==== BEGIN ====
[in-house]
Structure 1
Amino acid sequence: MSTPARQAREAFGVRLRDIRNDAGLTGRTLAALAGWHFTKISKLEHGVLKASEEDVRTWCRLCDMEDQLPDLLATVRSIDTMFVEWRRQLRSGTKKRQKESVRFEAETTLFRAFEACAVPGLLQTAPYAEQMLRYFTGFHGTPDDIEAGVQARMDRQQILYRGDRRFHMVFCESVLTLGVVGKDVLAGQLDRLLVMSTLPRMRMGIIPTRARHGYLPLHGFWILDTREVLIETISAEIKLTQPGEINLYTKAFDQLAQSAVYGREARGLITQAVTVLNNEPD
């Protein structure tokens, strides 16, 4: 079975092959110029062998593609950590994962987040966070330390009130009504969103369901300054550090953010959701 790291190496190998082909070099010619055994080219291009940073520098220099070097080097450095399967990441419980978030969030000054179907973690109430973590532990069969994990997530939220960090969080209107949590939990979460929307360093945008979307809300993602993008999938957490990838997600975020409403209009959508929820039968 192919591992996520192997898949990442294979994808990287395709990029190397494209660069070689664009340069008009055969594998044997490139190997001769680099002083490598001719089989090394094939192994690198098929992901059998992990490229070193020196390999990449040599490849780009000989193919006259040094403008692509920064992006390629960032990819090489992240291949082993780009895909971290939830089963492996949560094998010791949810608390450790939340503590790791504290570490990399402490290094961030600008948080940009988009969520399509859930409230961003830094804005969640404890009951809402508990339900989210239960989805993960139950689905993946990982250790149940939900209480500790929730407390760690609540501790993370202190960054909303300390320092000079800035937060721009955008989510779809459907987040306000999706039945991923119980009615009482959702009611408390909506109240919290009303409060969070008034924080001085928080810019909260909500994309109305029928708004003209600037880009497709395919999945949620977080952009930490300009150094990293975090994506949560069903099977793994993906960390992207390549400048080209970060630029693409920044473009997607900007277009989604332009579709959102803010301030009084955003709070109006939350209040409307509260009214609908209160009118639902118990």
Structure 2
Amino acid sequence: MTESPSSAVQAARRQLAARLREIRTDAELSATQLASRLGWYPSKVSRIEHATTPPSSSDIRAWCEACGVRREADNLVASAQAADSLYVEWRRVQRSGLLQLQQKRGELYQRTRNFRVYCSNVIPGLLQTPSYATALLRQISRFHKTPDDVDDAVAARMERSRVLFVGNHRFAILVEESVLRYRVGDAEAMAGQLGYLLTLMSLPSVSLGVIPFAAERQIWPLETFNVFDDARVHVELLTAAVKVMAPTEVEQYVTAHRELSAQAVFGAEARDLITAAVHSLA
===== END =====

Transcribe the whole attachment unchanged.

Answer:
[in-house]
Structure 1
Amino acid sequence: MSTPARQAREAFGVRLRDIRNDAGLTGRTLAALAGWHFTKISKLEHGVLKASEEDVRTWCRLCDMEDQLPDLLATVRSIDTMFVEWRRQLRSGTKKRQKESVRFEAETTLFRAFEACAVPGLLQTAPYAEQMLRYFTGFHGTPDDIEAGVQARMDRQQILYRGDRRFHMVFCESVLTLGVVGKDVLAGQLDRLLVMSTLPRMRMGIIPTRARHGYLPLHGFWILDTREVLIETISAEIKLTQPGEINLYTKAFDQLAQSAVYGREARGLITQAVTVLNNEPD
């Protein structure tokens, strides 16, 4: 079975092959110029062998593609950590994962987040966070330390009130009504969103369901300054550090953010959701 790291190496190998082909070099010619055994080219291009940073520098220099070097080097450095399967990441419980978030969030000054179907973690109430973590532990069969994990997530939220960090969080209107949590939990979460929307360093945008979307809300993602993008999938957490990838997600975020409403209009959508929820039968 192919591992996520192997898949990442294979994808990287395709990029190397494209660069070689664009340069008009055969594998044997490139190997001769680099002083490598001719089989090394094939192994690198098929992901059998992990490229070193020196390999990449040599490849780009000989193919006259040094403008692509920064992006390629960032990819090489992240291949082993780009895909971290939830089963492996949560094998010791949810608390450790939340503590790791504290570490990399402490290094961030600008948080940009988009969520399509859930409230961003830094804005969640404890009951809402508990339900989210239960989805993960139950689905993946990982250790149940939900209480500790929730407390760690609540501790993370202190960054909303300390320092000079800035937060721009955008989510779809459907987040306000999706039945991923119980009615009482959702009611408390909506109240919290009303409060969070008034924080001085928080810019909260909500994309109305029928708004003209600037880009497709395919999945949620977080952009930490300009150094990293975090994506949560069903099977793994993906960390992207390549400048080209970060630029693409920044473009997607900007277009989604332009579709959102803010301030009084955003709070109006939350209040409307509260009214609908209160009118639902118990």
Structure 2
Amino acid sequence: MTESPSSAVQAARRQLAARLREIRTDAELSATQLASRLGWYPSKVSRIEHATTPPSSSDIRAWCEACGVRREADNLVASAQAADSLYVEWRRVQRSGLLQLQQKRGELYQRTRNFRVYCSNVIPGLLQTPSYATALLRQISRFHKTPDDVDDAVAARMERSRVLFVGNHRFAILVEESVLRYRVGDAEAMAGQLGYLLTLMSLPSVSLGVIPFAAERQIWPLETFNVFDDARVHVELLTAAVKVMAPTEVEQYVTAHRELSAQAVFGAEARDLITAAVHSLA